Aside from this, I would like to share with you that the Budhist philosophy and the scientific methodology share some commonalities (again, garnered from the above-said book). One that I would like to state is that both of them have higher precedence for observation followed by experience, reasoning and authority. That is, authority takes the least precedence of all forms learning. Based on discussions with Dr. Ramanathan on the Upanishad/Vedhic methodologies,  I understand that there are significant overlaps.

Should professional education help the purposes in life or not?

I would say, that the term professional education connotates providing/passing on domain knowledge so as to create a “trained” workforce. This is what, in my perspective, the Nation has adopted - whether by force/influence or not, I do not know. If WE define the goal of professional education to just create a trained workforce, obviously, we don’t have to worry about equipping children  to find their own meaning of life.

But I beg to differ and make an earnest request that we don’t restrict ourselves only to create a trained workforce. Let us aim to create educated individuals who can find their own meaning in life and reach whatever they define as their goal in life. The education that we provide should impart the children with the necessary skills and abilities for the purpose defined above.

What are our activities?

The four activities that you have stated are indeed the basic ones. However, I believe there is more. For instance, I may regard contributing to the welfare of other people as one of my activities. Likewise, each may have their own set of activities. How does one decide that X will be one of his/her activities in life? How would (s)he go about achieving it? If I were to regard that contributing to the welfare of other people as one of my activities, I may achieve it through ‘n’ number of ways. How do I choose one over the other? This requires deep analysis supported by evidences and logical reasoning.  

In essence, I earnestly request that we be committed to not only passing on the knowledge to the next generation, but also to equipping the next generation to create their own meaning and purpose in life and providing them with the necessary skills and abilities

Prof. T. R. N’s email:
Part 1:
Does our education help in our activities? Let us analyze our activities first.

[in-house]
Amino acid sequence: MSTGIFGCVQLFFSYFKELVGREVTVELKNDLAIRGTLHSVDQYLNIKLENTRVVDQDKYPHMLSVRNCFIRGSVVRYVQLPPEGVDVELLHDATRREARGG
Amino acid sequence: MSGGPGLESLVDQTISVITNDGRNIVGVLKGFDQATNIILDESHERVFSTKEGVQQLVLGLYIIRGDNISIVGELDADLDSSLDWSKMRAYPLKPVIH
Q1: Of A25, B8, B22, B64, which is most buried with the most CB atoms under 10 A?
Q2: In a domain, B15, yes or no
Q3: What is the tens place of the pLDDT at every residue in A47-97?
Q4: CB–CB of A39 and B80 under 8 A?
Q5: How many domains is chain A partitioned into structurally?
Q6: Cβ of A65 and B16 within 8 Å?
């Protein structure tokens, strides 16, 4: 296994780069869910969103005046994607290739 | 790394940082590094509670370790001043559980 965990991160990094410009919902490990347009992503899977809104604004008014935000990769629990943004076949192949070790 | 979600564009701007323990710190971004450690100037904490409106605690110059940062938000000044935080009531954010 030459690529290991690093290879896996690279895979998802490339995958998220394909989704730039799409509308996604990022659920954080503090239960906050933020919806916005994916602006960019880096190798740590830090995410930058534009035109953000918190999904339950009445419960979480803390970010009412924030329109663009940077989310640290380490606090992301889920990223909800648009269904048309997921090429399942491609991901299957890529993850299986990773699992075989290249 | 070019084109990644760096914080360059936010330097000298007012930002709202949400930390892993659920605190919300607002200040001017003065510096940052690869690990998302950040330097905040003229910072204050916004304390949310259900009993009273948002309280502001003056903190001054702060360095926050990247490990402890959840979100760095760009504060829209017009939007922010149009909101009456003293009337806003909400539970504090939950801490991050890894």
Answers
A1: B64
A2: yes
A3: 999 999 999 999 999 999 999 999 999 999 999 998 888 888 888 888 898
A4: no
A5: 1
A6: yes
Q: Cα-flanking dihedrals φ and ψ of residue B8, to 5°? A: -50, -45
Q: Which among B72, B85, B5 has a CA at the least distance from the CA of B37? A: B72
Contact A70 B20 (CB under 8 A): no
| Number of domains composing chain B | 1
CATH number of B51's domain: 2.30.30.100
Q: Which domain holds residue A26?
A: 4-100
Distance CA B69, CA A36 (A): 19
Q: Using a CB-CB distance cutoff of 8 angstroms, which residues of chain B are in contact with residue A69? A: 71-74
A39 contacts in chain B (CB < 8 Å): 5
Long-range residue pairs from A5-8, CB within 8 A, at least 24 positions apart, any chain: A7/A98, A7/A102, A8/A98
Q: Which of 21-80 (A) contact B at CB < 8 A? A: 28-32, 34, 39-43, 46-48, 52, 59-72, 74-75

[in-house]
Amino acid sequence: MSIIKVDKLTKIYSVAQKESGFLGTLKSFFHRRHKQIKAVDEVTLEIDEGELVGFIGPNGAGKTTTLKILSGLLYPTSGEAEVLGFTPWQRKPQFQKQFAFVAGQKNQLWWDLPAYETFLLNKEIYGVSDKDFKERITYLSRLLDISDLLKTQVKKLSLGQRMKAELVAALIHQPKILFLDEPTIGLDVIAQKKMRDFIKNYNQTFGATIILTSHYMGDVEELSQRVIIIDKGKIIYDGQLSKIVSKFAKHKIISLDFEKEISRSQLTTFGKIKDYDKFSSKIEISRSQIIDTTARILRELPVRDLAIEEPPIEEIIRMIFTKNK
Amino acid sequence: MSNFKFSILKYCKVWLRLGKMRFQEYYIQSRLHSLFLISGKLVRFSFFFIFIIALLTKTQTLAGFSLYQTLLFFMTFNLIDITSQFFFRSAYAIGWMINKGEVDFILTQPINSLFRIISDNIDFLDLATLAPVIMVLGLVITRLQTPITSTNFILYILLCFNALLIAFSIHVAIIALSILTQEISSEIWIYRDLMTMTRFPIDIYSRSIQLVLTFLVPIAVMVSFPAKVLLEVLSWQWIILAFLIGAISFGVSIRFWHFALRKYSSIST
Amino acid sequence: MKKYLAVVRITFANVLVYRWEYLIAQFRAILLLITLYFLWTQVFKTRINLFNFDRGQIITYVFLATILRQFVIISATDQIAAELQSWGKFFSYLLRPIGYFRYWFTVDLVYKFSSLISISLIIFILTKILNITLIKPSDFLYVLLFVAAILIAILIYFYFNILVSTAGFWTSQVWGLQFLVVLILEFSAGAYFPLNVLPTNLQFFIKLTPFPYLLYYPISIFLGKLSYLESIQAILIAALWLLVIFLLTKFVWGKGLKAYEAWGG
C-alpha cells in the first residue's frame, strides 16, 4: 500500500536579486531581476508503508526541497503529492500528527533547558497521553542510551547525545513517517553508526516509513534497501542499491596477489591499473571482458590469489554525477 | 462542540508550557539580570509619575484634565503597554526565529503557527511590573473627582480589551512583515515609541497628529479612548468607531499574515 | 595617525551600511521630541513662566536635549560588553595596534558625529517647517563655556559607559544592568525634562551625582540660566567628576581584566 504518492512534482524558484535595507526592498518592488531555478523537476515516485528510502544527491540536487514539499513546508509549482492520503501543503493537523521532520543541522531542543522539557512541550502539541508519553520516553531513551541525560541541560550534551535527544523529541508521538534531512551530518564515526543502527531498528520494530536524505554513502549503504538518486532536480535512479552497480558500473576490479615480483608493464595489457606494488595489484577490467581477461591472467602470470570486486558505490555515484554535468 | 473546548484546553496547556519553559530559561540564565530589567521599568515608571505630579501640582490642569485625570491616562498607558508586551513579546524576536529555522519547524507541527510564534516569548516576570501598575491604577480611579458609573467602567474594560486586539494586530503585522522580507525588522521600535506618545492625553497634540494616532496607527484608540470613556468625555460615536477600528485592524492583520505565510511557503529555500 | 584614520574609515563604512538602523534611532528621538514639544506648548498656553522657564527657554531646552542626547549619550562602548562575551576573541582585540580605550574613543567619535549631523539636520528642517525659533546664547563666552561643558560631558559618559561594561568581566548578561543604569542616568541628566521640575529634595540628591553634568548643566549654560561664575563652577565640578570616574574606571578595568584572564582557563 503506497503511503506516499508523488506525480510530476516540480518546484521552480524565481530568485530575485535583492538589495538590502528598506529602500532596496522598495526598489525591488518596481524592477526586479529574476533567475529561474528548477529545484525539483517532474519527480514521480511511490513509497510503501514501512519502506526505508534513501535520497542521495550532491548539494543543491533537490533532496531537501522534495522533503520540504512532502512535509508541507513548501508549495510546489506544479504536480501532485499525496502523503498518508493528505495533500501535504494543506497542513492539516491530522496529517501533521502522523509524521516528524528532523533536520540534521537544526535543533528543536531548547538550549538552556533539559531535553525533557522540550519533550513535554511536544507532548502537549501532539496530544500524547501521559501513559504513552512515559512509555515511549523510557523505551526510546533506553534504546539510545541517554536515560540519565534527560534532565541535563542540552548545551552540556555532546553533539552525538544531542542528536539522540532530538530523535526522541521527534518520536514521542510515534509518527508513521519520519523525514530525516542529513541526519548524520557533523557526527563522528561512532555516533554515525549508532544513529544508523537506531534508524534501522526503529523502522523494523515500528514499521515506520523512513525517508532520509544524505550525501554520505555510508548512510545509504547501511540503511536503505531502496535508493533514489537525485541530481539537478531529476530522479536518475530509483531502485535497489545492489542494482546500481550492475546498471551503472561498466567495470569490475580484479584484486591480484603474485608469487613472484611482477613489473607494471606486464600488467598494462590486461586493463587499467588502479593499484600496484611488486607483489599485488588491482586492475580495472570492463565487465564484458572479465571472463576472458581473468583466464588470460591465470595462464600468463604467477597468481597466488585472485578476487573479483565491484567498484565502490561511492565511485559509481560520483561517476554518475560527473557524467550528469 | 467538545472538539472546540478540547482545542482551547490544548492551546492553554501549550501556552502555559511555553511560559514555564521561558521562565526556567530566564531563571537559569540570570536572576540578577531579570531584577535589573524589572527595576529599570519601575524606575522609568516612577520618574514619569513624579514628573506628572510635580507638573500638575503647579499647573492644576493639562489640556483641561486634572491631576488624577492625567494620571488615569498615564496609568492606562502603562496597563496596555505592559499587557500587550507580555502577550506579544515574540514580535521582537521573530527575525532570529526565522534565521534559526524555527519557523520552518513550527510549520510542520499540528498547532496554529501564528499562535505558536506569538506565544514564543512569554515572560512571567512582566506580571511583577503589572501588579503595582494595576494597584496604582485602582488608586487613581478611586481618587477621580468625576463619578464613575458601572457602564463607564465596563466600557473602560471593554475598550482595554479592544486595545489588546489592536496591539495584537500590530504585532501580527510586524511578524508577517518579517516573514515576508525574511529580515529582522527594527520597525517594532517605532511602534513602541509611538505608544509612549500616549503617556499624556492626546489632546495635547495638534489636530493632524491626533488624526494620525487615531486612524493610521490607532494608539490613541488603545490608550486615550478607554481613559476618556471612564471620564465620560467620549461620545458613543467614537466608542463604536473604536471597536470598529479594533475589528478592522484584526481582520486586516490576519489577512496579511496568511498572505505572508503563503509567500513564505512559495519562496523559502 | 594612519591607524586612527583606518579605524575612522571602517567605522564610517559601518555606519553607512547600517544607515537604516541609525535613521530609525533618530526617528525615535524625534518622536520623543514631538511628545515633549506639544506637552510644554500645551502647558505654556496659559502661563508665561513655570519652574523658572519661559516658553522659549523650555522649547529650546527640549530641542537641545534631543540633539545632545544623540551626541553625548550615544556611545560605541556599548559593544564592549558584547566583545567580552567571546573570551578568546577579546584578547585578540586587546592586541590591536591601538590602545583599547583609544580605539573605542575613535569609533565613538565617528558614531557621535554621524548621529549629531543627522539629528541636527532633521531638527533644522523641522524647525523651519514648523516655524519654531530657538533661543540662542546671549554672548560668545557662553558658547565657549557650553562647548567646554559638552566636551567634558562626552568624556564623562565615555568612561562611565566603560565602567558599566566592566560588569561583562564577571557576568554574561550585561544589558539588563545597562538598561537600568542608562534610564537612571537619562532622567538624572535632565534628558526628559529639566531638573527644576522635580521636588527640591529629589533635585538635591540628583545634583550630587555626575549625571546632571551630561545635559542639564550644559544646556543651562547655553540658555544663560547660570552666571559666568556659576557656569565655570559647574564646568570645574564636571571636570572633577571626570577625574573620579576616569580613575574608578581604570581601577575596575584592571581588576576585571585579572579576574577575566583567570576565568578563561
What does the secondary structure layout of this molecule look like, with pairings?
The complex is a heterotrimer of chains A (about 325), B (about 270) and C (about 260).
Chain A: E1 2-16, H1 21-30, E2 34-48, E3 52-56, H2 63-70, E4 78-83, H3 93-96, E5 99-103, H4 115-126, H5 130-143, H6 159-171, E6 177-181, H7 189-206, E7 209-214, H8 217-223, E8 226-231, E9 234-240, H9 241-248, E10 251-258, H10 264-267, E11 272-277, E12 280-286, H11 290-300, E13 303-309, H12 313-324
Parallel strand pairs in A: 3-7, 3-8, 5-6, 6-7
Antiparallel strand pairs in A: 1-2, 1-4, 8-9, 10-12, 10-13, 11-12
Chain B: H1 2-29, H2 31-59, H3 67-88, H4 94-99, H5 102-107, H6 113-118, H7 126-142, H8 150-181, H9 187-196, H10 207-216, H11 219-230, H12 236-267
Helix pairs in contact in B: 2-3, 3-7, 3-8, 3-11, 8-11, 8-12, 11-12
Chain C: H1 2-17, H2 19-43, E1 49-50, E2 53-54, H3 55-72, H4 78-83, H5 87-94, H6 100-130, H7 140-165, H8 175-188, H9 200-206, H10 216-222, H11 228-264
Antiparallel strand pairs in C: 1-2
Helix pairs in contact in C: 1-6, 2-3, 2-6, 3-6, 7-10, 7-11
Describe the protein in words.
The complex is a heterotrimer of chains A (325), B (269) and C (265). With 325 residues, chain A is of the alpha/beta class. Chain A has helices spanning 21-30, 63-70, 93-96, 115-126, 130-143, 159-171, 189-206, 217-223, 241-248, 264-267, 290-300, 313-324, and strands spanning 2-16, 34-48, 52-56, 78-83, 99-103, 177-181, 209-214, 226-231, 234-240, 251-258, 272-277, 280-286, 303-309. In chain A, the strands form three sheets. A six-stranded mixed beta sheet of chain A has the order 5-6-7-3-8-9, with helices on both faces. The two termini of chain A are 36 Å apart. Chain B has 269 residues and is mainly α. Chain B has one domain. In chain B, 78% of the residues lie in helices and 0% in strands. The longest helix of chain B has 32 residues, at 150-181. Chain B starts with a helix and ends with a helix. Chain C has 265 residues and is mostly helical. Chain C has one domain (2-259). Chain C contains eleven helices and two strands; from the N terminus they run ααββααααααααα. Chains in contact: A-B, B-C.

It looks to me that we basically do only four activities. All living beings do the following activities: (a) eating (not just by mouth - sense gratification); (b) sleeping; (c) procreating and (d) defending (health insurance - buildings - military).
We may sleep in a nice a/c room on a bed; cows may sleep in shed; dogs may sleep in streets; but activity is ‘sleeping’. Though there is difference in sophistication, activity is ‘sleeping’
Having the sixth sense, are we doing different activities? (What is sixth sense?) Please let me know any activity we do that is not ultimately connected to the above listed basic activities.
I think that ‘self learning, critical thinking, team work, problem solving etc’ are all the intermediate goals (or mile stones) but not ultimate goals. What will you do with ‘self learning, critical thinking, team work, problem solving, etc’? Will you not use them to do these four activities?
Part 2:
Through scriptures (example: திருக்குறள்), I have (you might have also) heard many times that the purposes of life are: Dharma (அறம்), Artha (பொருள்), Kama (இன்பம்) and Moksha (வீடு). The purpose of education must also fall in line with the purpose of life. Wikipedia says the following:
Dharma – includes the religious duties, moral rights and duties of each individual, as well as behaviors that enable social order, right conduct, and those that are virtuous.
Artha – signifies the "means of life", activities and resources that enables one to be in a state one wants to be in. Artha incorporates wealth, career, activity to make a living, financial security and economic prosperity.
Kama – signifies desire, wish, passion, emotions, pleasure of the senses, the aesthetic enjoyment of life, affection, love, without violating dharma (moral responsibility), artha (material prosperity) and one's journey towards moksha (spiritual liberation).
Moksha – signifies emancipation, liberation or release - connotes freedom the cycle of birth and death, or self-knowledge, or self-realization. A few like Sri Nrusimha’s devotee Prahalad did not show interest in the materialistic first three.
Professional/College education should help for all these four purposes or not?

Friday, January 27, 2017


I just cataloged the places I have visited - These include places I visited in childhood and later - those that have remained in my memory either vividly and/or through photos.

The list can be found here

Friday, January 20, 2017


The last three days has seen what I have not seen but only heard of in my life time so far - the solidarity of the student community. The solidarity shown by the student community across the state - with no reported violence - is commendable.
As to the issue of Jallikattu, I find this show in Neeya Naana bringing out various facets very clearly a must exposition for all: